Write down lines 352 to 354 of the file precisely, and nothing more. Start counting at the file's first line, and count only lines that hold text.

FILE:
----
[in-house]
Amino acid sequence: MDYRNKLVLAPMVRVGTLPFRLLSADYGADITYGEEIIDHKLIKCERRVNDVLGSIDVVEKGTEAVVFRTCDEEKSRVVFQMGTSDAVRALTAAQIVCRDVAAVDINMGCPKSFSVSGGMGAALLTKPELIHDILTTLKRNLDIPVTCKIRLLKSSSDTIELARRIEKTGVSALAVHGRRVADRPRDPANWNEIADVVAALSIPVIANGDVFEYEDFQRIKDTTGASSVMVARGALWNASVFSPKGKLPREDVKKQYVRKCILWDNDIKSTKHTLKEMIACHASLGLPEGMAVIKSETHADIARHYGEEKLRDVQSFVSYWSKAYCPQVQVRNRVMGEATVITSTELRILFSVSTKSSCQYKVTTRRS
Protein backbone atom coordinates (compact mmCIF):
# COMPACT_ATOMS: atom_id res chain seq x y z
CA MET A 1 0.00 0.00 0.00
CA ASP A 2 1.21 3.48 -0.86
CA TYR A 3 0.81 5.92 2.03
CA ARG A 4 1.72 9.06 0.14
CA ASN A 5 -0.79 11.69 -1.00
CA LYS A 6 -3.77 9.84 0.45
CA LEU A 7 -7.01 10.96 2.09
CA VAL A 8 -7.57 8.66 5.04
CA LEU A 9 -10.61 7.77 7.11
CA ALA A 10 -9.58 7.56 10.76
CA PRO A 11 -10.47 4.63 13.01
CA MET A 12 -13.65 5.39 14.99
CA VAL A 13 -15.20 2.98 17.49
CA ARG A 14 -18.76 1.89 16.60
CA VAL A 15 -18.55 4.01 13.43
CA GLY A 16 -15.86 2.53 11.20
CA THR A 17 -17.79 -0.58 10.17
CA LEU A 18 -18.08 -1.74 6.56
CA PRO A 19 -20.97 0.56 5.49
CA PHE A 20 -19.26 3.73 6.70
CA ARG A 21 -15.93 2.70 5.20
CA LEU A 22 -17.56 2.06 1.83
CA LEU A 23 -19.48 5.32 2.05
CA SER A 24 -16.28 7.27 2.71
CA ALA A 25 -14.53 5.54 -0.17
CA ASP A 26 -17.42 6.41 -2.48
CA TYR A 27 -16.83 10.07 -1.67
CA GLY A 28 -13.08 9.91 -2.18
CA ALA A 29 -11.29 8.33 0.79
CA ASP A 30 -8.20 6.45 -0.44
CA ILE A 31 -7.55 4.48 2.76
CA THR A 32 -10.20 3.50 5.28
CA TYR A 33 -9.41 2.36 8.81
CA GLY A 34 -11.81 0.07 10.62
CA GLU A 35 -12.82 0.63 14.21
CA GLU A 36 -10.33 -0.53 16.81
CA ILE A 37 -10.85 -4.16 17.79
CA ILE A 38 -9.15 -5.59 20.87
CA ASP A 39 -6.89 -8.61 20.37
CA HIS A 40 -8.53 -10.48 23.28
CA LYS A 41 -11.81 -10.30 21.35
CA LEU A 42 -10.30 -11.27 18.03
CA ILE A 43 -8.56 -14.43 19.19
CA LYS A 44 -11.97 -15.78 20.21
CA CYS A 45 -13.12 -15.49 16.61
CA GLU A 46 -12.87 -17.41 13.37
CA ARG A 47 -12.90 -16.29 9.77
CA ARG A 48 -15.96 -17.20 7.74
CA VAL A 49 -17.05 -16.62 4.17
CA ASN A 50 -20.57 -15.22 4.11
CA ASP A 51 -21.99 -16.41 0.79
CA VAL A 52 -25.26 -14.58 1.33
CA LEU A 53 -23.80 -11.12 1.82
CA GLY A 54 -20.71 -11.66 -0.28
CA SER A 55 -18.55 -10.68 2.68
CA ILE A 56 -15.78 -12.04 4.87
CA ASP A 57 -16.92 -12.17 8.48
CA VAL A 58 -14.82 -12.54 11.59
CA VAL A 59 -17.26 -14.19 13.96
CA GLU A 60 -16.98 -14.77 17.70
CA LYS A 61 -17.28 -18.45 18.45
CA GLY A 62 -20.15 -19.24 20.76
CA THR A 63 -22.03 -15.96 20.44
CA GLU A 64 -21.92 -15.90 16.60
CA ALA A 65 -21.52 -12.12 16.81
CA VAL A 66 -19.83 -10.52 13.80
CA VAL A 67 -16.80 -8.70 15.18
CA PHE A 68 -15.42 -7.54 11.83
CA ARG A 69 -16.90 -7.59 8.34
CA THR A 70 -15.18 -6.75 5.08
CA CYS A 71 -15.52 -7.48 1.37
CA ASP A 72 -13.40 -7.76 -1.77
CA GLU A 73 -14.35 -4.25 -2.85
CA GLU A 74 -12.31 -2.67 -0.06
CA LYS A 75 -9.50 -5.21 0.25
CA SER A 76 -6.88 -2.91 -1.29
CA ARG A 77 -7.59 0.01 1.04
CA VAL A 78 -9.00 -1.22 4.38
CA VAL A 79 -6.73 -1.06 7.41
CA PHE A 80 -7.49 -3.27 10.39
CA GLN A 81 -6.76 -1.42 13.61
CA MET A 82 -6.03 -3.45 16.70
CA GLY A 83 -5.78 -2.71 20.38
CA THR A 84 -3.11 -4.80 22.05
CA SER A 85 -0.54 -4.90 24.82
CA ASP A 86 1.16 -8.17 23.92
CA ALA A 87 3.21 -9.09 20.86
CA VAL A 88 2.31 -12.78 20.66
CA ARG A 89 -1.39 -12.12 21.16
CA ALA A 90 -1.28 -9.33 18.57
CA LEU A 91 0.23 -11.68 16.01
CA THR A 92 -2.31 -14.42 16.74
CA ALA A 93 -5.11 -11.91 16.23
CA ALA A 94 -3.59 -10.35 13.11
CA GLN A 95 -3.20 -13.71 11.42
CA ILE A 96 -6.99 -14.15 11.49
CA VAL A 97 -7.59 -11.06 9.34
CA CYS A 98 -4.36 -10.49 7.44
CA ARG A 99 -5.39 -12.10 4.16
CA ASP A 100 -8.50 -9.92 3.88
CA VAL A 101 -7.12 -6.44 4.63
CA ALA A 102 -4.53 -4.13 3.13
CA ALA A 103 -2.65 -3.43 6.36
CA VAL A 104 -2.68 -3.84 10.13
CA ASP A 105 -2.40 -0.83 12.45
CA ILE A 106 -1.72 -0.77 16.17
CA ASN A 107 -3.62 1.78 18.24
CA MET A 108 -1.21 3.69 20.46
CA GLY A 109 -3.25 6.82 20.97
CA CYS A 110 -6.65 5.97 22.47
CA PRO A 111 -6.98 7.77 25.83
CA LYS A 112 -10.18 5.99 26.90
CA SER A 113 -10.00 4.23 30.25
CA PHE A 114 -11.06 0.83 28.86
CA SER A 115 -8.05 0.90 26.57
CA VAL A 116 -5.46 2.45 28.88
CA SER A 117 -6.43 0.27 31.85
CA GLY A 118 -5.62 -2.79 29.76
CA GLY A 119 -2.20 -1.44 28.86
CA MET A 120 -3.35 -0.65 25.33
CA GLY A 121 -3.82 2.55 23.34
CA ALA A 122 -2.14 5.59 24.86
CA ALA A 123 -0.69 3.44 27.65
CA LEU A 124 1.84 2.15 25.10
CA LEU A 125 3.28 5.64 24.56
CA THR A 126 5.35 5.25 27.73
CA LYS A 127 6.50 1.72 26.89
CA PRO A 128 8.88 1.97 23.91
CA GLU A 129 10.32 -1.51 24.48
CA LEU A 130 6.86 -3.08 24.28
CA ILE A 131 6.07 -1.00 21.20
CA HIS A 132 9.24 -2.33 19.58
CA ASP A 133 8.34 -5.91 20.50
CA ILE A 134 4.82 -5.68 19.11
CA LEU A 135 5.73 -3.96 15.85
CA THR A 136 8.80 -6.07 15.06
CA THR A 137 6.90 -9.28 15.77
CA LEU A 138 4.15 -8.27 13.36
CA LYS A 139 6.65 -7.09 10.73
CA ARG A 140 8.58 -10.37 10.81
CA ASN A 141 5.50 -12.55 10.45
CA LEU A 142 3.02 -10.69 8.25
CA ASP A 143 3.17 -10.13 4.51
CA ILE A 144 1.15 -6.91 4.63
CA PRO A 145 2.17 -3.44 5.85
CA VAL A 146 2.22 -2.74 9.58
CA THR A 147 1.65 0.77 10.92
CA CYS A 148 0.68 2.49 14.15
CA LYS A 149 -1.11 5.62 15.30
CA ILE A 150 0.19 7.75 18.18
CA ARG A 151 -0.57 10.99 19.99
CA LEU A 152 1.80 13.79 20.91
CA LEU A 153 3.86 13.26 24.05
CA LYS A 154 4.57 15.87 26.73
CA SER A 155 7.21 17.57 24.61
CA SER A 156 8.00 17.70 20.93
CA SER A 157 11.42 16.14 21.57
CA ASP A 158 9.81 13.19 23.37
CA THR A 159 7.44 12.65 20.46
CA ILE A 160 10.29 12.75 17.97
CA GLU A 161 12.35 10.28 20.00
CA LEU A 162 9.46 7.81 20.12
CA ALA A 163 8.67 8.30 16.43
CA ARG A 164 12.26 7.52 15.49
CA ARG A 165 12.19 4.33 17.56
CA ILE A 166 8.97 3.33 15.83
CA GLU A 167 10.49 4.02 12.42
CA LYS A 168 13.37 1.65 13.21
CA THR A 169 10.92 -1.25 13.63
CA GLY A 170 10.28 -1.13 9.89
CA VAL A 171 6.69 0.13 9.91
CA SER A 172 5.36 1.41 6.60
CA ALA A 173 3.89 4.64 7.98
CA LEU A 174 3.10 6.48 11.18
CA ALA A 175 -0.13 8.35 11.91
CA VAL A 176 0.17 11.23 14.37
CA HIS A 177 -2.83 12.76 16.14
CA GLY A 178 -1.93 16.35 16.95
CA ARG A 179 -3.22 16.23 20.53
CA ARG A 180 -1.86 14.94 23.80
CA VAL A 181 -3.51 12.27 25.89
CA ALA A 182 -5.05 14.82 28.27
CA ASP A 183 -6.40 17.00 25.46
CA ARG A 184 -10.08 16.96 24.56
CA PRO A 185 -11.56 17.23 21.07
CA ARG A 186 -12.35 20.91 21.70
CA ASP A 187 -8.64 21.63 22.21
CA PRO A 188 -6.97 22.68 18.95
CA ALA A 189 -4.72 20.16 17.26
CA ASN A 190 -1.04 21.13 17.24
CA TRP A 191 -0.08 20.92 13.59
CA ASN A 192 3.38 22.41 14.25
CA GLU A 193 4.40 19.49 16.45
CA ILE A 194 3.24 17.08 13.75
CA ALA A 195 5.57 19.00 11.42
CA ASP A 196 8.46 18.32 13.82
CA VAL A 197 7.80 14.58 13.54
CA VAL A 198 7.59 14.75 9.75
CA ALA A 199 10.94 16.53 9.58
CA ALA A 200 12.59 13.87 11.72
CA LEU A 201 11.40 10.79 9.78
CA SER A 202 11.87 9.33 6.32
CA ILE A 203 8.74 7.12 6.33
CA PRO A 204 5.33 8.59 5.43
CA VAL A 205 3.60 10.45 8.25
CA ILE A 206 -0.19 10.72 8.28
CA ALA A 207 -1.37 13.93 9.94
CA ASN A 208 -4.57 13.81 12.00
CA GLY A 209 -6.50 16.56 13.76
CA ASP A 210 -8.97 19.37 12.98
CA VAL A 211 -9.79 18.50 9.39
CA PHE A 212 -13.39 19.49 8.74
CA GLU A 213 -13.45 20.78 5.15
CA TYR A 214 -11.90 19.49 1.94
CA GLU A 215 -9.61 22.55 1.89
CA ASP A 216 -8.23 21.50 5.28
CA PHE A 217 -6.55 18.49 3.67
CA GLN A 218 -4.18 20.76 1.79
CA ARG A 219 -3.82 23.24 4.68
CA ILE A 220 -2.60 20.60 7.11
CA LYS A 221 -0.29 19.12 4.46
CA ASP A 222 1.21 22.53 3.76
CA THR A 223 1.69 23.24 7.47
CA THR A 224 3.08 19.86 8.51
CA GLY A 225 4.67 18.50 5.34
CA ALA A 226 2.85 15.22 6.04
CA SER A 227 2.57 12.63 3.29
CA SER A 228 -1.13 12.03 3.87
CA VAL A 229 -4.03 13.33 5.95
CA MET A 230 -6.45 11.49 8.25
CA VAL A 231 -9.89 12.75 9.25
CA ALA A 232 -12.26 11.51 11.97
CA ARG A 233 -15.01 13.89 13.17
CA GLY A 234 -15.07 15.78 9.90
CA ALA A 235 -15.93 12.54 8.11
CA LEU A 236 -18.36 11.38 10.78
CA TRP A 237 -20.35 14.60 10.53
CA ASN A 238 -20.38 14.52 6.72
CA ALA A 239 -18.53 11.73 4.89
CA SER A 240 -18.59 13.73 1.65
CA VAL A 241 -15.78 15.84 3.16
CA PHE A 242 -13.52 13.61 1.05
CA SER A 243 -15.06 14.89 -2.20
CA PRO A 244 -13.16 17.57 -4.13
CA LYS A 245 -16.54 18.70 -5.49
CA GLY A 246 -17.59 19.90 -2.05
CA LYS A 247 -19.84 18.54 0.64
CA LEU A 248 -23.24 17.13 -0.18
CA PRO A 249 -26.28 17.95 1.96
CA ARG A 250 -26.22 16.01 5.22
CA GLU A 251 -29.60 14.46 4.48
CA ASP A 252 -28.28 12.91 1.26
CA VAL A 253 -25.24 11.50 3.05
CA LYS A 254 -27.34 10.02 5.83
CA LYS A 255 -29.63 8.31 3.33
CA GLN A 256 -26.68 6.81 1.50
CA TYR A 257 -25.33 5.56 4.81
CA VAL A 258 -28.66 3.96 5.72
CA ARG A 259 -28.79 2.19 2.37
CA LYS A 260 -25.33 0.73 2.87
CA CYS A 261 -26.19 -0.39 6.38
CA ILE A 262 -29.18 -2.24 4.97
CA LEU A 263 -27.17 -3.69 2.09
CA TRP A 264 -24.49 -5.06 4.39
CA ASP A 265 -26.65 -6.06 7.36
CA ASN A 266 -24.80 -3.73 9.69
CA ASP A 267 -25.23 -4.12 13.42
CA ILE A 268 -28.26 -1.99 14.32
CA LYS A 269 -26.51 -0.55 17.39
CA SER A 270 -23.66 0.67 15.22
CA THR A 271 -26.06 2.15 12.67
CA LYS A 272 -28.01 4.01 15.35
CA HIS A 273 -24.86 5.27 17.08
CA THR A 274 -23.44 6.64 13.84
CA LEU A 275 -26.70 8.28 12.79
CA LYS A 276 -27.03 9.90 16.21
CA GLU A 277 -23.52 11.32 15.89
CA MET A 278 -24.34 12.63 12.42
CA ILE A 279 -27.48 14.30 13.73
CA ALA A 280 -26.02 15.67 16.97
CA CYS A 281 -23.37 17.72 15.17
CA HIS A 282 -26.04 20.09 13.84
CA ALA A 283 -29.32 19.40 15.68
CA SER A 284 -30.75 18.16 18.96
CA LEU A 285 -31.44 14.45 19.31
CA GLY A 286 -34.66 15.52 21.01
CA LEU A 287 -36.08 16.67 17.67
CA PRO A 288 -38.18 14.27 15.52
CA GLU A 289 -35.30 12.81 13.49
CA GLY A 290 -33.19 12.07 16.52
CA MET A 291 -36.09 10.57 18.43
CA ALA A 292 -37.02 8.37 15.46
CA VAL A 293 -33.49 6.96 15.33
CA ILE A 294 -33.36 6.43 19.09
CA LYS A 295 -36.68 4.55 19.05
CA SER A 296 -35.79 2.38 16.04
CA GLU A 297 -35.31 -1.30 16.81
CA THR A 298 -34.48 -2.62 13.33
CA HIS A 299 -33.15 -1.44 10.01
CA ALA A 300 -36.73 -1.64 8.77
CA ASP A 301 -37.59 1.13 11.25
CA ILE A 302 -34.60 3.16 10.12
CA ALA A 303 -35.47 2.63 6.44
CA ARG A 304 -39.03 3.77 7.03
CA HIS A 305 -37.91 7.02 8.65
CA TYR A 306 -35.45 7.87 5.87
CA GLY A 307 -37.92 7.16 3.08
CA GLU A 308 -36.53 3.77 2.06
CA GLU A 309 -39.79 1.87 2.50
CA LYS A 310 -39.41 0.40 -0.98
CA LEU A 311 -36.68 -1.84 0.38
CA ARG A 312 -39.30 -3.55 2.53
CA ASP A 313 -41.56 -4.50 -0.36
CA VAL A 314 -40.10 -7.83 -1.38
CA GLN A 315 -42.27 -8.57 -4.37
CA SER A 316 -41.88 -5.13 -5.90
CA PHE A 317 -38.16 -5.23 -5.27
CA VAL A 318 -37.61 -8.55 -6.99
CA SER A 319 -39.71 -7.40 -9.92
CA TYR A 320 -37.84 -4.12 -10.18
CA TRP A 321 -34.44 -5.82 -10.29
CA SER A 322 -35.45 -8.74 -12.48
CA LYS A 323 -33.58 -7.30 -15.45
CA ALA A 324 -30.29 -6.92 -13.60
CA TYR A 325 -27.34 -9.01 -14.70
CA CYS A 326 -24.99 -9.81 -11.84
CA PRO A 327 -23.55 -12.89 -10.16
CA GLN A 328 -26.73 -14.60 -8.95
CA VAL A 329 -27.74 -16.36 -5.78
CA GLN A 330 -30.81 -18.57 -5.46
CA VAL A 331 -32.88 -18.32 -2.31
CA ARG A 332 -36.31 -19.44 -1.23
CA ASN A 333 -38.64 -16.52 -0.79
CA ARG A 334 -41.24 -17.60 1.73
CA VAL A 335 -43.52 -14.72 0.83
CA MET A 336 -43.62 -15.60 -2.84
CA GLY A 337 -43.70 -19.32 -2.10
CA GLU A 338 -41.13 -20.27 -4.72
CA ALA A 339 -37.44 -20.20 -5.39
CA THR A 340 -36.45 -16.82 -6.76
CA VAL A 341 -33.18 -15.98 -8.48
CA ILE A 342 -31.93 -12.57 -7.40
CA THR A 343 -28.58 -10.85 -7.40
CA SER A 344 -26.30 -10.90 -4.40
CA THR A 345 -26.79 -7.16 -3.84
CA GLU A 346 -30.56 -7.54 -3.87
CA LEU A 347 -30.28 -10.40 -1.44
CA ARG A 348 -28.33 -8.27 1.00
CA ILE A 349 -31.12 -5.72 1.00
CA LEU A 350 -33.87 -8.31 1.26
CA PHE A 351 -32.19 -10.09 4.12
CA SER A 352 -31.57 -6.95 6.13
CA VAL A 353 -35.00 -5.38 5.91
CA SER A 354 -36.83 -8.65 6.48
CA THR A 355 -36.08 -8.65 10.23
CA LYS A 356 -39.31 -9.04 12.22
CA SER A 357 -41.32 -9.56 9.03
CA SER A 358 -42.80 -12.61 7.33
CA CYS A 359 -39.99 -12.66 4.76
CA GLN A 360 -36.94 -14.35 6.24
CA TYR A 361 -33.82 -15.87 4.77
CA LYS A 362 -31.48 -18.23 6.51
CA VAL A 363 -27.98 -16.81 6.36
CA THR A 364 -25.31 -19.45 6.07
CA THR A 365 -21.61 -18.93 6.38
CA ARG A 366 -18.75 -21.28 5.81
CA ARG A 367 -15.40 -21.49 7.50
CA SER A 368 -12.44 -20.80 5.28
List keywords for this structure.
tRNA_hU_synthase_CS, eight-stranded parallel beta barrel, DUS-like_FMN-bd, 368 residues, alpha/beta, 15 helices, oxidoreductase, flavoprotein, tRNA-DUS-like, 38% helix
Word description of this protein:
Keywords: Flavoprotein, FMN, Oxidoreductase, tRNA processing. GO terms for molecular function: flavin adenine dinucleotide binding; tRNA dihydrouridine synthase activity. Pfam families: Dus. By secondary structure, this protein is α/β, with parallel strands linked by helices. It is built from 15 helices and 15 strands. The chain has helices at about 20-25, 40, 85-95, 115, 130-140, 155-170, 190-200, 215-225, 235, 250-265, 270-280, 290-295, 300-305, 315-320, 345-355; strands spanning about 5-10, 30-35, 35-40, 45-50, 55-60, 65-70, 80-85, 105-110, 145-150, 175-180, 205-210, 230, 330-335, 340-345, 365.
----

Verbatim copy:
CA ARG A 348 -28.33 -8.27 1.00
CA ILE A 349 -31.12 -5.72 1.00
CA LEU A 350 -33.87 -8.31 1.26